Monday 15 December 2008

Manimangalam

Sri Rajagopala Swamy Temple









Sri Dharmeshwarar temple














Gaja Brishta Vimanam

Sculptures


inscriptions on the temple wall












VIMAANAM



Source:
http://www.india9.com/i9show/-Tamil-Nadu/Sriperumbudur/Manimangalam-54243.htm

Manimangalam is about 8 km west of Tambaram on the Vandalur- Sriperumbudur Road.
The village is historically important because in the 7th century, Manimangalam was the scene of a great battle between the Pallava ruler, Mamalla, 

and the Chalukyan monarch, Pulikesin II. It is renowned for an old temple of Sri Rajagoplan temple and Sri Dharmeswara Temple.

Manimangalam is about 32 km to the east of Kanchipuram.

Source:
http://www.whatisindia.com/inscriptions/south_indian_inscriptions/volume_3/no_40_to_41_manimangalam.html

No. 41.- On the east wall of the Dharmesvara temple

Like No. 40, this inscription is dated on a week-day which will probably admit of calculation, in the 18th year of the reign of 

Tribhuvanachakravartin  Rajarajadeva.  It records that the same two brothers, who are mentioned in No. 39 above, paid to the authorities of the 

Dharmesvaa temple two kalanju of gold, from the interest of which the cost of feeding two lamps had to be defrayed.

(Line 1.) Hail ! Prosperity ! With the approval of the god, - in the 18th year (of the reign) of the emperor of the three worlds, Sri-Rajarajadeva, 

on the day of Revati, which corresponded to a Tuesday and to the second tithi of the second fortnight of the month of Simha, - we, all the 

holders of the land (kani) of the Siva-Brahmanas of the temple of the lord Tanmisvara at Manimangalam, alias Gramasikhamani-

chaturvedimangalam, in Kunrattur-nadu, (a subdivision) of Puliyur-kottam, alias Kulottunga-Sola-valanadu, (a district) of Jayankonda-Sola-mandalam, 

(viz.,) Gautaman Ambalakkutta-Bhattan, Kasyappan Gangadhara-Bhattan, and the partners[4] of  Kasyapan Truchchirrambala-Bhattan, received on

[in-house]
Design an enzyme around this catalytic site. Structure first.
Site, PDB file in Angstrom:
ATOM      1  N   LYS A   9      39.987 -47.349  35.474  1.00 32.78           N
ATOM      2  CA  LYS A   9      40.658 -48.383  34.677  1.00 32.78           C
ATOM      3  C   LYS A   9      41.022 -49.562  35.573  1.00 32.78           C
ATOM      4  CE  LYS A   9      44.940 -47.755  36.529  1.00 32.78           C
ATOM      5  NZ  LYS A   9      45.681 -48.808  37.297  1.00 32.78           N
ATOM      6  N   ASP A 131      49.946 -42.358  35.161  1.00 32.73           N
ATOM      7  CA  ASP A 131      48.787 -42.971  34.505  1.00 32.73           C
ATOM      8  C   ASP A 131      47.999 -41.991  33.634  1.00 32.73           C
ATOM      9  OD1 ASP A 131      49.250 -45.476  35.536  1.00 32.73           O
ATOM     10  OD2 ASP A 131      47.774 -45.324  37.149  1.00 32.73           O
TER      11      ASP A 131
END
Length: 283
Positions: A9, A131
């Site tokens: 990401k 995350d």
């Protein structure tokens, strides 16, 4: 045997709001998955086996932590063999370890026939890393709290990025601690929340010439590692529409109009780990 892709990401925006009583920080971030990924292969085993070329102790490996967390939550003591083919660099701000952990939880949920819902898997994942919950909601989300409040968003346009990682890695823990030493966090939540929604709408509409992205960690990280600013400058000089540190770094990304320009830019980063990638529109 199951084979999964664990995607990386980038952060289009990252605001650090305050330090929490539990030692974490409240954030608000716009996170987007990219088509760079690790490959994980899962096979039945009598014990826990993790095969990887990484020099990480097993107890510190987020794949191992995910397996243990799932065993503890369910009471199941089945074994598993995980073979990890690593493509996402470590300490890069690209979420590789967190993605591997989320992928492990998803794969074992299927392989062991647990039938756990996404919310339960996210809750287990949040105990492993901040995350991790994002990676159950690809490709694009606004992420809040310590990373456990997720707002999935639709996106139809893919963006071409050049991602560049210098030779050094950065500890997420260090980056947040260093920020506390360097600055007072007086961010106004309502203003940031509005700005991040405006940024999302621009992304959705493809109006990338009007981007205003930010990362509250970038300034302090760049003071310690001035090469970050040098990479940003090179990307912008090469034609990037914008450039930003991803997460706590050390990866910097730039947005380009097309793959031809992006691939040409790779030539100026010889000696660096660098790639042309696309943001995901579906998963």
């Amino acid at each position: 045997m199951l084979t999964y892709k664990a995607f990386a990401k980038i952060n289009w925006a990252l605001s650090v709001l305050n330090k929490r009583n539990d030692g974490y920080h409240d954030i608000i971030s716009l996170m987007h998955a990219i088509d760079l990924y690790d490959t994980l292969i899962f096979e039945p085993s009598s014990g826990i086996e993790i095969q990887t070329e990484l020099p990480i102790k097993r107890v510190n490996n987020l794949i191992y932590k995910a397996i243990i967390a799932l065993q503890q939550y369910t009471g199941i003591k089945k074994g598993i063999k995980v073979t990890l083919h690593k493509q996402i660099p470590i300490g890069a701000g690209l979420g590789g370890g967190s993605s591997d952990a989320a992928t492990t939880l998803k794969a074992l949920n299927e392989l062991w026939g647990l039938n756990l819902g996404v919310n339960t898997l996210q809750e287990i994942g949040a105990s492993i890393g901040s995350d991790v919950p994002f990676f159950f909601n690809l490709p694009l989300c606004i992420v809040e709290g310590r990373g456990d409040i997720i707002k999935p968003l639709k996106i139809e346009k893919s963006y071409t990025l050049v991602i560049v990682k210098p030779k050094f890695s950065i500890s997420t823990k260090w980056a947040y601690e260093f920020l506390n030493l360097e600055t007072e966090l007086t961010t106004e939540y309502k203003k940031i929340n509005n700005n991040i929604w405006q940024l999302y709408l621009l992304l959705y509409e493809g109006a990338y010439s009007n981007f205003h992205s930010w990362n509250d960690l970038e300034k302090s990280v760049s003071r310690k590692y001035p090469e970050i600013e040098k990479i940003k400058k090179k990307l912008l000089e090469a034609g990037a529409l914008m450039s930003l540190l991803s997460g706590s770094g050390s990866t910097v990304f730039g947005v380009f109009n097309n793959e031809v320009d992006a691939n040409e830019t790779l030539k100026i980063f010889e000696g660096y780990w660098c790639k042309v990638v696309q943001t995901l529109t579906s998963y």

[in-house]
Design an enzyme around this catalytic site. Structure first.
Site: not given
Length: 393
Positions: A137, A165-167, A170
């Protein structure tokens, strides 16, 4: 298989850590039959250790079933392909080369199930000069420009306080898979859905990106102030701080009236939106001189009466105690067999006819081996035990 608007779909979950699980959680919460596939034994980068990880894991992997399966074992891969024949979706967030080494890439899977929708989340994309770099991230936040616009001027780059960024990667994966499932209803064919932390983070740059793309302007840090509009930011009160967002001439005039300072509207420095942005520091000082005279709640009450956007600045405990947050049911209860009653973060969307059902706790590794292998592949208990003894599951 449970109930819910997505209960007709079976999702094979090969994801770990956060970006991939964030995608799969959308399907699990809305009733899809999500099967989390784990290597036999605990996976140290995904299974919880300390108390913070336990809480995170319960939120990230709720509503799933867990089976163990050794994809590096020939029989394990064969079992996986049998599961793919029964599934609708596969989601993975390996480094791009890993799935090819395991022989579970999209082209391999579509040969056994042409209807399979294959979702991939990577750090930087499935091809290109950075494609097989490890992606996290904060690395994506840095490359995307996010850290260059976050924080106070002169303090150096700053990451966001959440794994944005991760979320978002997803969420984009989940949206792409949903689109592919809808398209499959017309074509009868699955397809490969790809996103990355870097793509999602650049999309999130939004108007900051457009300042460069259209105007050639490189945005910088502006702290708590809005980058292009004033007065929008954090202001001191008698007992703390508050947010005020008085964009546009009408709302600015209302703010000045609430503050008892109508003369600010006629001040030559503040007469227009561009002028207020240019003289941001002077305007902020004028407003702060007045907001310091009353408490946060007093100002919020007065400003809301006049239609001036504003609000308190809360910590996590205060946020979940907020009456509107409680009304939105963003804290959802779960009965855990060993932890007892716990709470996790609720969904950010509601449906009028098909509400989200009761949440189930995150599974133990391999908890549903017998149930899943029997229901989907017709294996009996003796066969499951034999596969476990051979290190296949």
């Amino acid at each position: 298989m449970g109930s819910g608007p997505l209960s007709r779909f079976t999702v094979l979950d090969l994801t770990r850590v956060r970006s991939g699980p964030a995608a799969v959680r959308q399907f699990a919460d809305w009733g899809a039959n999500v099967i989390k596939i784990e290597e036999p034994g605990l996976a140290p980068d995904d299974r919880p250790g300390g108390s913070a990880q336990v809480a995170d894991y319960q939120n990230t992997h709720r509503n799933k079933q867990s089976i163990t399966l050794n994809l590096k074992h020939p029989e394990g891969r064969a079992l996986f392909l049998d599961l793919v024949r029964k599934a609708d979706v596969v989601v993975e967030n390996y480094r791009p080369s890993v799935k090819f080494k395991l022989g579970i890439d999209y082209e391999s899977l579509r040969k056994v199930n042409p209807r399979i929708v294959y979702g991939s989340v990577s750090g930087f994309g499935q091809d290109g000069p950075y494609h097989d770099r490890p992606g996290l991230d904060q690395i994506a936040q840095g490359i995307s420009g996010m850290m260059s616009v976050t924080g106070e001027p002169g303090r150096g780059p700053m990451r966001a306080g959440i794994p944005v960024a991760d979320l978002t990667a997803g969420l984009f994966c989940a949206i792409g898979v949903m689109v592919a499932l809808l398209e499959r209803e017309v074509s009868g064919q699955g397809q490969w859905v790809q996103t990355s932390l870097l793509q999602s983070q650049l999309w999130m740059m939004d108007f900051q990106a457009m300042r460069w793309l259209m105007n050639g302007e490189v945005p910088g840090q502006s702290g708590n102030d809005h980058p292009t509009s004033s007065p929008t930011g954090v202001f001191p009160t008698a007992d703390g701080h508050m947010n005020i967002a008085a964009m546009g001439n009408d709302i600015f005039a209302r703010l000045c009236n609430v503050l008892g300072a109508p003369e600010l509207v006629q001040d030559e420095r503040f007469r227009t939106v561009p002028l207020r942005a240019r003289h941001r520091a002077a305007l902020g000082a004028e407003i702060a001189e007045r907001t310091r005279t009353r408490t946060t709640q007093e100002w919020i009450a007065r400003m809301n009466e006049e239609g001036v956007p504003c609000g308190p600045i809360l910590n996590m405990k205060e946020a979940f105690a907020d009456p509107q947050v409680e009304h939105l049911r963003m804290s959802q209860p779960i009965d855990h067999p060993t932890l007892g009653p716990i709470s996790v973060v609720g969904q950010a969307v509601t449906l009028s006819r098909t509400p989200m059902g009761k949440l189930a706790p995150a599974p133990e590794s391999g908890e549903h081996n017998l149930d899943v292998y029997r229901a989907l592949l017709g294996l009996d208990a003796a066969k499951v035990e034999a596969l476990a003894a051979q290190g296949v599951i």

interest from Brahmapriyan, the eldest son of Panchanadi Lakshmanan Malaiginiyaninran, the accountant of this village, and his younger brother 

Ahavamalladevan 2 kalanju of pure gold (under the condition) that we should burn at early dawn from this day two sacred lamps which (those two 

persons) had given (to the temple).

(L. 8.) We, all these persons, caused to be engraved on stone that, having received these two kalanju of gold, we shall be bound to burn (those 

two lamps) as long as the moon and the sun exist.

(L. 9.) This was written under order by Manimangalam-udaiyan Alumbiran.

Related url:
http://shanthiraju.wordpress.com/2008/02/28/visit-to-somangalam-and-manimangalam-temples/

Related URL:
http://www.cmi.ac.in/gift/Archeaology/arch_mpillar.htm

Related URL:
http://kailayanathar.googlepages.com/


4 comments:

Anonymous said...
This comment has been removed by a blog administrator.
K said...
This comment has been removed by the author.
S K Naicker said...

Great snaps of great Temples. but still some temples are missing.



Manimangalam is 20 km to the east of Sriperumbudur, 10 kms to the west of Tambaram and about 32 km to the east of Kanchipuram.

Manimangalam was the gateway to Kancheepuram while travelling from Mamallapuram.

Manimangalam is an ancient pilgrimage center. It has been found from old records that this village had borne this name 'Manimangalam' even in the 7th century Pallava period. 'Mani' means gem.

Temples:
There are five anicent temples in the manimangalam. Dharmeswara temple(A 1400 years old, Beautiful temple maintained by Archaeological Soceity of India.), Kailasanathar Temple ( built by Vijaya Balaya chola 1000 YEARS old called CHATURVEDA MANGALAM during chola rule),RajaGopala Perumal Temple, Vaiyaaleshwara Temple and Village god- Thamarai kanni amman Temple.

There were only two Rajagopala Swamy temples - this one at Manimangalam and the other one at Mannargudi.



It finds a place in the history of South India as the place where Narasimha Varma Pallava defeated the Chalukyas in the 7th century A.D and retain the kancheepuram and re-established the Pallava Empire in Kanchipuram. This fact is mentioned in the copper plates discovered at Kooram. Kalki has written about the Manimangalam battle in his book ‘Sivagamiyin Sabatham’. He describes how Mahendra Varma Pallava was injured in the battle at Manimangalam, and how his son Narasimha Varma Pallava and his trusted lieutenant Paranjoti vanquished Pulikesi’s army.

Regards,
S K Naicker


15 December, 2008 6:13 PM

Anonymous said...

Where is Vaiyaaleshwara Temple in Manimangalam. do you have that temple photo?